college, higher education, exit tests, CLA +, WSJ.com: A college diploma is now more a mark “of social class than an indicator of academic accomplishment” …
Meanwhile, GPAs have been on the rise. A 2012 study looking at the grades of 1.5 million students from 200 four-year U.S. colleges and universities found that the percentage of A’s given by teachers nearly tripled between 1940 and 2008. A college diploma is now more a mark “of social class than an indicator of academic accomplishment,” said Stuart Rojstaczer, a former Duke University geophysics professor and co-author of the study.
Employers such as General Mills Inc. and Procter & Gamble Co. long have used their own job-applicant assessments. At some companies such as Google Inc., GPAs carry less weight than they once did because they have been shown to have little correlation with job success, said a Google spokeswoman.
At Teach for America, which recruits college students to teach in rural and urban school districts, the GPA is one of just dozens of things used to winnow nearly 60,000 applicants for 5,900 positions. Candidates who make it to the second step of the process are given an in-house exam that assesses higher-order thinking, said Sean Waldheim, vice president of admissions at the group. “We’ve found that our own problem-solving activities work best to measure the skills we’re looking for,” he said.
The Council for Aid to Education, the CLA + test’s creator, is a New York-based nonprofit that once was part of Rand Corp. The 90-minute exam is based on a test that has been used by 700 schools to grade themselves and improve how well their students are learning.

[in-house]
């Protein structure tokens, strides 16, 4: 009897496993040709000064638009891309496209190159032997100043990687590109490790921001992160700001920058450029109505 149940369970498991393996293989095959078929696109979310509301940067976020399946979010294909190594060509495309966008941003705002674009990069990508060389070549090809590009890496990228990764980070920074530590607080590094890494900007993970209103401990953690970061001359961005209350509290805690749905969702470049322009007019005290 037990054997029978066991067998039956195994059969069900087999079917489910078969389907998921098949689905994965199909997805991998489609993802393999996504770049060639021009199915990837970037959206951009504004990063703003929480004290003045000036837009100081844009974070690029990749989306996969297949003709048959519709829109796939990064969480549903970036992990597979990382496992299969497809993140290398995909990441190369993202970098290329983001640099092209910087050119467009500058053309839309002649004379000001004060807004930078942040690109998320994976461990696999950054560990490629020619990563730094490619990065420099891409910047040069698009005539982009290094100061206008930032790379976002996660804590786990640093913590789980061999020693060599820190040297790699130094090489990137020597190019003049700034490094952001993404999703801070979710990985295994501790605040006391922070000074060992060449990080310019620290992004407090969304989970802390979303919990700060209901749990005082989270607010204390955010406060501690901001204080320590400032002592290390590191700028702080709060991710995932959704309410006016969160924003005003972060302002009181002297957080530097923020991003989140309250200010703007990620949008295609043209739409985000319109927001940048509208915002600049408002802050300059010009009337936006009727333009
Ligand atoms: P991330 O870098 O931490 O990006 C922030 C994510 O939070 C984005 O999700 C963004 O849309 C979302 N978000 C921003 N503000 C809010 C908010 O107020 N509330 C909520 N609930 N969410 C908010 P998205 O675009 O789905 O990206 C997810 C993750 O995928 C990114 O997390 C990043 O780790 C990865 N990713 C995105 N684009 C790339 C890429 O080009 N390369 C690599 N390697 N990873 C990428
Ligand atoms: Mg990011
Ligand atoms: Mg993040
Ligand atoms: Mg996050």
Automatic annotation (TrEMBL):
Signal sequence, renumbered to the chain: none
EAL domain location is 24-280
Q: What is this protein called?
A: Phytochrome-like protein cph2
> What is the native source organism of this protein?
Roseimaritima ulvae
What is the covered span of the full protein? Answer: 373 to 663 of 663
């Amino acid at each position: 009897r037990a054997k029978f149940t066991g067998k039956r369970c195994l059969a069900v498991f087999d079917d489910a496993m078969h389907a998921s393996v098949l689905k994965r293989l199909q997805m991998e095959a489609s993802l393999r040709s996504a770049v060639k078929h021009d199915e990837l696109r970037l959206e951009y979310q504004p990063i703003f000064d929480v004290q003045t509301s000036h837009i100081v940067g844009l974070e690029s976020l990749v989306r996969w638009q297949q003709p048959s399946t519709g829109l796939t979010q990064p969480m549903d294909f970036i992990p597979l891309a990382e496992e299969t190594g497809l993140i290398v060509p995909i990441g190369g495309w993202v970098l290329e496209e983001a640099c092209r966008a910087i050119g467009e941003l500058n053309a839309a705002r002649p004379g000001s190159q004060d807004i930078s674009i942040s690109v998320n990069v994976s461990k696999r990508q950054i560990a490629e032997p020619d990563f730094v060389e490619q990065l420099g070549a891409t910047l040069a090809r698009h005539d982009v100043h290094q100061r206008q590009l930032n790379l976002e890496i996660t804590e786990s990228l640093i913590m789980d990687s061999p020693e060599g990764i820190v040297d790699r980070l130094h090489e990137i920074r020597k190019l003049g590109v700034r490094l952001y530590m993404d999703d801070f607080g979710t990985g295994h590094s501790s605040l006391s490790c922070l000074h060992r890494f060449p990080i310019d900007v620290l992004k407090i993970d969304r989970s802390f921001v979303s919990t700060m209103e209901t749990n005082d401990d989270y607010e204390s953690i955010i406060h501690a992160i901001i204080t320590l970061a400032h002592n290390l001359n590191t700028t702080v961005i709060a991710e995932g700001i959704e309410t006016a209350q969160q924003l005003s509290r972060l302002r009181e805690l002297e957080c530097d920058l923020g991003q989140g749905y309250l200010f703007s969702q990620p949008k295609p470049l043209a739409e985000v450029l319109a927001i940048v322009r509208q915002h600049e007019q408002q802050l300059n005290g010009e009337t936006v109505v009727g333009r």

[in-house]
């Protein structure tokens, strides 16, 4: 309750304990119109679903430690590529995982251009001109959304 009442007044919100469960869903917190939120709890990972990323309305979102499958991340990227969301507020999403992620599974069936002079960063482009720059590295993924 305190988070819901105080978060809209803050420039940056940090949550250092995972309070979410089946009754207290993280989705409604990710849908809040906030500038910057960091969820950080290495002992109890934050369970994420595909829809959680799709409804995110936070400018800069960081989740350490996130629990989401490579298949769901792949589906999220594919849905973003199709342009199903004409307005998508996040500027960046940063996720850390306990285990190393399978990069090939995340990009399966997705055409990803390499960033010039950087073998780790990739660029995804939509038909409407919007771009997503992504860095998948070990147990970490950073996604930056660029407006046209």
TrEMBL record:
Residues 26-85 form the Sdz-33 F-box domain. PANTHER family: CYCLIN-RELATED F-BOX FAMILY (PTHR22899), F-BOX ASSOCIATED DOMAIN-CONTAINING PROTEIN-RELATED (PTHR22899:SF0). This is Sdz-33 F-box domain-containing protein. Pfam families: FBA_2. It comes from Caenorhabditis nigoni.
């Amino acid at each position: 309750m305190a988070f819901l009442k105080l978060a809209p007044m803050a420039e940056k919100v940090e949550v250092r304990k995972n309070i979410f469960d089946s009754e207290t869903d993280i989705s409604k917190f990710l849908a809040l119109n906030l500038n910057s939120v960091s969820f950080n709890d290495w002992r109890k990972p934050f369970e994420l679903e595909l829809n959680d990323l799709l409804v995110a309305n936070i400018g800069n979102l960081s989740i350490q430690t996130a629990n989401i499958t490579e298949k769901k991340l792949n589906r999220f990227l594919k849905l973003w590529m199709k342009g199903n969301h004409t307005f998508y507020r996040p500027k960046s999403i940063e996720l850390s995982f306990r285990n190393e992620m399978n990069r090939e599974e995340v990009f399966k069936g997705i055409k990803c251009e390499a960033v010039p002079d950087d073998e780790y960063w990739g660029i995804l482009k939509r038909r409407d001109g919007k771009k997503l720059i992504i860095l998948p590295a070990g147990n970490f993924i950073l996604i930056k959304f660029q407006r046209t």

elite frequent flier clubs, United’s Secret Club for Top Fliers, WSJ.com: John flies a lot and has some pretty nice perks … but nothing like this.
The airlines employ teams to track these fliers’ journeys and solve disruptions before they happen, sometimes bumping coach passengers to fit rerouted elite travelers. The carriers invite these customers to expensive restaurants and professional sporting events when they aren’t traveling. At the airport, they send their mail, press their suits and sew on buttons. United said that when an elite flier once stained his shirt, an employee sent her husband to the mall to buy a replacement.
“It makes good business sense. These people represent the biggest bucks for the airline,” said Henry Harteveldt, an airline consultant and former Global Services member. “And when there’s cachet around something, the interest is that much greater.”
Elite fliers who make it into the program love the service and attention, but airlines risk alienating customers who don’t make the grade or get dropped.
Chicago, architecture, John Metcalfe – The Atlantic Cities: loved this …
Chicagoans right now have a rare opportunity to gape at some of the most schizoid, cutting-edge architectural projects that were never built in their city.
At the Expo 72 Gallery in the Loop, there is a 160-foot panorama of Chicago’s skyline sprawling along the walls. Visitors who download the “Phantom City” app can point it at different places on the image to reveal more than 100 visionary masterpieces, such as the Sears Tower deconstructed into a pile of flaccid tubes and a Ludwig Mies van der Rohe building submerged in Lake Michigan like a sinking ship.
The retrospective, which runs until September 29, was organized by Alexander Eisenschmidt, an architecture professor at the University of Illinois at Chicago. Since moving to Illinois five years ago, Eisenschmidt has become intrigued with the number of historically important visionary projects in the Windy City. So he and his students began a collection of the more celebrated and challenging ones, and last year took them on the road to show at the Venice Biennale.